Wednesday, April 11, 2012
That Crazy Old Man
I had a relative who was very strict and generally was known as Hitler in our family. My great grandmother used to say this about him "if he is the tree and the wind is blowing in one direction, he will not sway in the direction of the wind. He will sway in the opposite direction and will ask the wind to sway in his way". Reading this girl's post reminded me of something about him. He lived right behind Nilgiri's in Radhakrishnan Salai. Diagonally opposite to Vivekananda. His house was this massive bungalow and had a front yard with swings and stuff. It is hard to imagine that kind of a house in today's world in that location. I used to be awed every time I visited that place. And I was terrified of him.
He had a living room that was probably 3000 square feet and the ceiling was probably 20 foot tall (I was a kid so of course I exaggerate. But it was really really tall). 3 out of 4 sides of the walls were actually book shelves. These book shelves were long tall shelves and you needed big ladders to reach the top shelf - like the ones you saw in some historical libraries. The house was bursting at its seams - the walls were breaking. Yet this dude was holding on to every single book he had bought since his childhood. He had books in all genres; philosophy, science, religion, autobiographies, biographies and even cook books. Added to that he had Sports Star (all issues ever since it was launched,) all editions of Indian Cricket books, Manorama, and fat bound books in tamil. He also had random indrajal, chandamama and amar chithra katha comics. He had managed to hold on to his notebooks and textbooks from his childhood. No one else but him could touch his books. If they did he would bark at them and send them out of his house. He was very grumpy, eccentric and had idiosyncrasies that would take half those book shelf space to document. One day, while visiting his house, I pulled out a book from his shelf, he caught me, barked at me and complained to every single member of my extended family. I became branded as the "avan eppavume ippadi dhaan. Sonna kekkave maatan" boy. He was one of the reasons why I began to love reading books. He also re-enforced my dad's dislike for people who read books other than what was required in school. My dad called such people "avan book padikaravan da. Loosu payal." And then told me "neeyum kanda book'a padi, mental'a pogalam"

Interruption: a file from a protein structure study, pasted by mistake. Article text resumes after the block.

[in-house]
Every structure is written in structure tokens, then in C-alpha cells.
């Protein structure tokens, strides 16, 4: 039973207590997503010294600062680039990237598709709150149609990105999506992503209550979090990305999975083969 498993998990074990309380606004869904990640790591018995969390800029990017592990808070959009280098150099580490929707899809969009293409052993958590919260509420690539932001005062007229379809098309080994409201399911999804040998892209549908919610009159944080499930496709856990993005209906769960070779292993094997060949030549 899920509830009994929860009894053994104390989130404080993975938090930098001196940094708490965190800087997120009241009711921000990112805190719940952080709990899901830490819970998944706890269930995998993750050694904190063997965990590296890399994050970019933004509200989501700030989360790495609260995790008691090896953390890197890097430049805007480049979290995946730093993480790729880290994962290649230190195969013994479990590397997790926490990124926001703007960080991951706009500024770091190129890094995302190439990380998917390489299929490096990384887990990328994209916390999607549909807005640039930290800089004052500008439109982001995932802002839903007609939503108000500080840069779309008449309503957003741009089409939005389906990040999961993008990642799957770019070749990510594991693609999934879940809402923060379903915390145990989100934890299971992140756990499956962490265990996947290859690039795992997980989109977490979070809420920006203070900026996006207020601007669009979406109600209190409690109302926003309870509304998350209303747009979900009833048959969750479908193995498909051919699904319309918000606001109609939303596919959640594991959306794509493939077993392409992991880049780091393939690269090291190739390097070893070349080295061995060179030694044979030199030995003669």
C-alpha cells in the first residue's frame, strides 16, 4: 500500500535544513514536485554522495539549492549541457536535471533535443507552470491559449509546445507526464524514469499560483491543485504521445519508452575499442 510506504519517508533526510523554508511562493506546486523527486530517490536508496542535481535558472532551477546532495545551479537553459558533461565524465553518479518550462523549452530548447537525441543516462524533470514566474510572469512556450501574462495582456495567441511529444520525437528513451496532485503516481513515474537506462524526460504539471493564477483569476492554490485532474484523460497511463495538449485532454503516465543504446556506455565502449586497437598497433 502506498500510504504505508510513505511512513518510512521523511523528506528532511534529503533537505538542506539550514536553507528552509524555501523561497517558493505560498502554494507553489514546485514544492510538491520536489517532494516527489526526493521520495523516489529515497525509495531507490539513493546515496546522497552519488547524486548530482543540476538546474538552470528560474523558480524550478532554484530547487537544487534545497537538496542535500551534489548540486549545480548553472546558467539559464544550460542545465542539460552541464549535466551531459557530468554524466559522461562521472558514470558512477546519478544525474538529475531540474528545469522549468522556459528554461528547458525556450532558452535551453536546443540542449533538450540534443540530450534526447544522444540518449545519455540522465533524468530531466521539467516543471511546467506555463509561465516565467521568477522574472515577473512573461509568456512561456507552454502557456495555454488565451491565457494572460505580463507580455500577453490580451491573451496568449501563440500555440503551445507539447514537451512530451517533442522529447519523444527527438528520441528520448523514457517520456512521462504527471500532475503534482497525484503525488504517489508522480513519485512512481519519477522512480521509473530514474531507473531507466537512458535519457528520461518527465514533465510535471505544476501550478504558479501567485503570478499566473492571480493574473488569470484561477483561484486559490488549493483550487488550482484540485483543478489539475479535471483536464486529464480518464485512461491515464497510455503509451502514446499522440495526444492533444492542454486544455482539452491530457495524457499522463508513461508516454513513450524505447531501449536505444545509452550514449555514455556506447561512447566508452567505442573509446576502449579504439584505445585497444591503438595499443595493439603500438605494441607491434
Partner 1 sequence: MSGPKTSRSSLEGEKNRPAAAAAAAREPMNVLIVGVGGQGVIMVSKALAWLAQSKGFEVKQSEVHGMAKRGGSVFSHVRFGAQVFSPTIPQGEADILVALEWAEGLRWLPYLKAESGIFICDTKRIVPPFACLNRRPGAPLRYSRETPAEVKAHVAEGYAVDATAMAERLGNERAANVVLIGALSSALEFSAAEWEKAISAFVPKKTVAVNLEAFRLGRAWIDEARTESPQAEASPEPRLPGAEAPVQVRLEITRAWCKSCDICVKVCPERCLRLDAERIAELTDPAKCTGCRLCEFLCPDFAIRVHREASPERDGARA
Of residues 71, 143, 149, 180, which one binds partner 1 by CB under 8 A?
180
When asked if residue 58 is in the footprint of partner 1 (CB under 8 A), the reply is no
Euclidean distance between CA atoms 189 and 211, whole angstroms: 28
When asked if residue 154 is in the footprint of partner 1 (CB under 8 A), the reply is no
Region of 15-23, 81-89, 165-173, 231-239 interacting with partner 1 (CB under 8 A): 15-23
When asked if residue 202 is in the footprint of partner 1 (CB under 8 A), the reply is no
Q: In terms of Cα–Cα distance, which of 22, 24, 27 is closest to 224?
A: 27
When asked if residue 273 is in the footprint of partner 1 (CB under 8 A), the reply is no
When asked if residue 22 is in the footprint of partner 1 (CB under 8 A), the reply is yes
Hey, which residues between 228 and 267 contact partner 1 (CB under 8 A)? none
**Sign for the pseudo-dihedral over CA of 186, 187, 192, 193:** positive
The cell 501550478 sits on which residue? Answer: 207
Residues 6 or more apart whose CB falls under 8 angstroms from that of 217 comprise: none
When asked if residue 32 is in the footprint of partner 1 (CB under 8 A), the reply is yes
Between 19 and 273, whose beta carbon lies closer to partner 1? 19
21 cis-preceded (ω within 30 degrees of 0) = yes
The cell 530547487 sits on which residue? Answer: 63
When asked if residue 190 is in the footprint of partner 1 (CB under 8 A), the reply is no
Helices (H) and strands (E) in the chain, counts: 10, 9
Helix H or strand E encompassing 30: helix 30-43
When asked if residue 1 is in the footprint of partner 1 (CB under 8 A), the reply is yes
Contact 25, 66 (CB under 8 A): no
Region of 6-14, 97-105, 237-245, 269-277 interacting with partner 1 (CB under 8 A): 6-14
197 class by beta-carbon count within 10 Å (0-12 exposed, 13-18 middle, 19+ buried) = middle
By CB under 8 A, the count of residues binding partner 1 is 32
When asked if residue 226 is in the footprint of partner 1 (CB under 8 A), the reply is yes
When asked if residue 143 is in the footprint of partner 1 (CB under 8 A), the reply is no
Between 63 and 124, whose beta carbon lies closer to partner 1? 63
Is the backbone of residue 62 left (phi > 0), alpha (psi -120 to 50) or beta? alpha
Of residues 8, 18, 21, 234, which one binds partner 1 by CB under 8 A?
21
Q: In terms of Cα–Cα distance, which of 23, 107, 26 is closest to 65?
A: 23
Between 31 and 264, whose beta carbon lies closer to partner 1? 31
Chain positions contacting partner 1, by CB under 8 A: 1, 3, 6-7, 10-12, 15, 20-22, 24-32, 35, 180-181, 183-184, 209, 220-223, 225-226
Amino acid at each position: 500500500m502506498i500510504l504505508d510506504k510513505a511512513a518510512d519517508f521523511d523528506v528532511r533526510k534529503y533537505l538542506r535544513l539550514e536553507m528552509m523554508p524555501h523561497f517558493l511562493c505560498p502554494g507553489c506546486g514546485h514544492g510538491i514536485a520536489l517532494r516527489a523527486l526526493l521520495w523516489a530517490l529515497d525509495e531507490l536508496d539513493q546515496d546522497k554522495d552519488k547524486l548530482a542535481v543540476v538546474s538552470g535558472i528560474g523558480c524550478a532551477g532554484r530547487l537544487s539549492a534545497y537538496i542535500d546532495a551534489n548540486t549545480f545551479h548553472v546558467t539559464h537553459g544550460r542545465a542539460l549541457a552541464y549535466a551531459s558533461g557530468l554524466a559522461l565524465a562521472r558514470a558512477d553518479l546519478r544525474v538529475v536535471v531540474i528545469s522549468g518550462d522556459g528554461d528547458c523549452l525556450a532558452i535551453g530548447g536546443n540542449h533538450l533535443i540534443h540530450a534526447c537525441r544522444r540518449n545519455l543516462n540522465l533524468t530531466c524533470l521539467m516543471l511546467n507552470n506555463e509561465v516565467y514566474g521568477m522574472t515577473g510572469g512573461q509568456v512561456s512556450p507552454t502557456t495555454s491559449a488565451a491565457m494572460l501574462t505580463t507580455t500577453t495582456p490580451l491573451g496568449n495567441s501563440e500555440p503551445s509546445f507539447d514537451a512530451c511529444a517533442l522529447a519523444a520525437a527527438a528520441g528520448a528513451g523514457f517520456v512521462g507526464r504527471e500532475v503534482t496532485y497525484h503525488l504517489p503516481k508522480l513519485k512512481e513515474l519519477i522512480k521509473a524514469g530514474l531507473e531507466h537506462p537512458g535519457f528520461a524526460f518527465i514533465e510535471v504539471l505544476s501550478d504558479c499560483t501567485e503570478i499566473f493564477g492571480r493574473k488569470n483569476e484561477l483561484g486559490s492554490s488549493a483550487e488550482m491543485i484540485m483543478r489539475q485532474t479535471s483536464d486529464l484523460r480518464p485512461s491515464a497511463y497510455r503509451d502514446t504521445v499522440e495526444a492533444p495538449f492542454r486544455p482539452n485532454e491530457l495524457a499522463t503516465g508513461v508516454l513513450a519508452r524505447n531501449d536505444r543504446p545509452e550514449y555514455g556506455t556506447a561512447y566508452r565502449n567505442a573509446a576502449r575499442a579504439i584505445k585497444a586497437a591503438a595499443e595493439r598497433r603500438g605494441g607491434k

That old man was intelligent but not street smart. His idiosyncrasies made him believe that a grandfather's property belonged to his grandchildren. So sold his gigantic house, gave the money to his kids and became their dependent. His life then followed the Tuesday 7:30 PM doordarshan "amma inge ganeshu ange" type dramas. His sons made him sell all his books because they frankly never ever read any sort of books (even their own school books), drunk their way through his money, moved into 500 Sq Ft houses, treated him like dirt and made him sleep on the floor in a verandah near the toilet. That was when he wrote his autobiography that traced back N-generations of his ancestors. No one read it. Not his sons. I don't think his wife could read. He spent his last savings printing 1000s of copies of the book and gifting it to arbitrary libraries and people. This gave many more people an opportunity to not read his book. Until a few weeks before he died he still had the habit of folding 'The Hindu' just the way it was delivered in the morning. His wife gave him 7 tumblers of filter coffee every day and he had nasty comments about several cricket player's abilities. But he got as close to being 'the crazy old book thatha next door' as possible.
Btw - this girl writes an awesome blog. Granted, I am a sucker for the most futile exercise of interpreting fight club movie in excruciating detail.